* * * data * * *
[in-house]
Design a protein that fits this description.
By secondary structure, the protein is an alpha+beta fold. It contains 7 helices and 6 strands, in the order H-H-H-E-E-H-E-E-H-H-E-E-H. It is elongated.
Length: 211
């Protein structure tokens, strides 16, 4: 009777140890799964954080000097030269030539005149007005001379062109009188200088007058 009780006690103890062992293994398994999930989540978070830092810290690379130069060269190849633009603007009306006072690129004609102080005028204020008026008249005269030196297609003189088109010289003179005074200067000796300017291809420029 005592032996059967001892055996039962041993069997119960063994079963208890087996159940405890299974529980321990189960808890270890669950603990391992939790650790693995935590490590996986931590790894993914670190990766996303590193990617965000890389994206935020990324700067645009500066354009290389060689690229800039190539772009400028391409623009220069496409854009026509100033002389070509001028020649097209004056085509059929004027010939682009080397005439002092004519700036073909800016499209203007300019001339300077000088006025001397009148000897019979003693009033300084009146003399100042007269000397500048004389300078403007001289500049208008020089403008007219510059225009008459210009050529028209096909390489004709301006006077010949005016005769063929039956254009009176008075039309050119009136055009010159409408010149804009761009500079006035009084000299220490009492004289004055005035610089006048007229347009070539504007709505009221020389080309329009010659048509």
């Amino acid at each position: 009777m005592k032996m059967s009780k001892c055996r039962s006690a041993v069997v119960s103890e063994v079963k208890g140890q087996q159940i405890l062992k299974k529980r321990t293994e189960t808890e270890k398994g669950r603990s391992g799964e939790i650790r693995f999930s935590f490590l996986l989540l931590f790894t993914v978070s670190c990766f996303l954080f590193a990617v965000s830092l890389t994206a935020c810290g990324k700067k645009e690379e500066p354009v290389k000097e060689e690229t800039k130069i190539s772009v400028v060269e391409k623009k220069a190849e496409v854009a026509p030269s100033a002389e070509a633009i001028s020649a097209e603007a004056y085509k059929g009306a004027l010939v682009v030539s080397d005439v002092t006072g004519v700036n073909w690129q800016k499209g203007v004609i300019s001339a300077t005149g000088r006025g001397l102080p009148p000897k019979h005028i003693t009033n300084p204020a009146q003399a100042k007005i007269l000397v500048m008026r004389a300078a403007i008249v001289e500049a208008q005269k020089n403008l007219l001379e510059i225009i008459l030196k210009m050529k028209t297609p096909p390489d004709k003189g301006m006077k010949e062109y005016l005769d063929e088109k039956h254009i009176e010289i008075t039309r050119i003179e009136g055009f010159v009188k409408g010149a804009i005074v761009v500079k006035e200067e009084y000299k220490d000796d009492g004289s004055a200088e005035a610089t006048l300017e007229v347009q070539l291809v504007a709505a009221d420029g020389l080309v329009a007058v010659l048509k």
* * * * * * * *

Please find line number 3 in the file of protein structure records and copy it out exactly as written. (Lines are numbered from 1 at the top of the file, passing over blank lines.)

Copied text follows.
By secondary structure, the protein is an alpha+beta fold. It contains 7 helices and 6 strands, in the order H-H-H-E-E-H-E-E-H-H-E-E-H. It is elongated.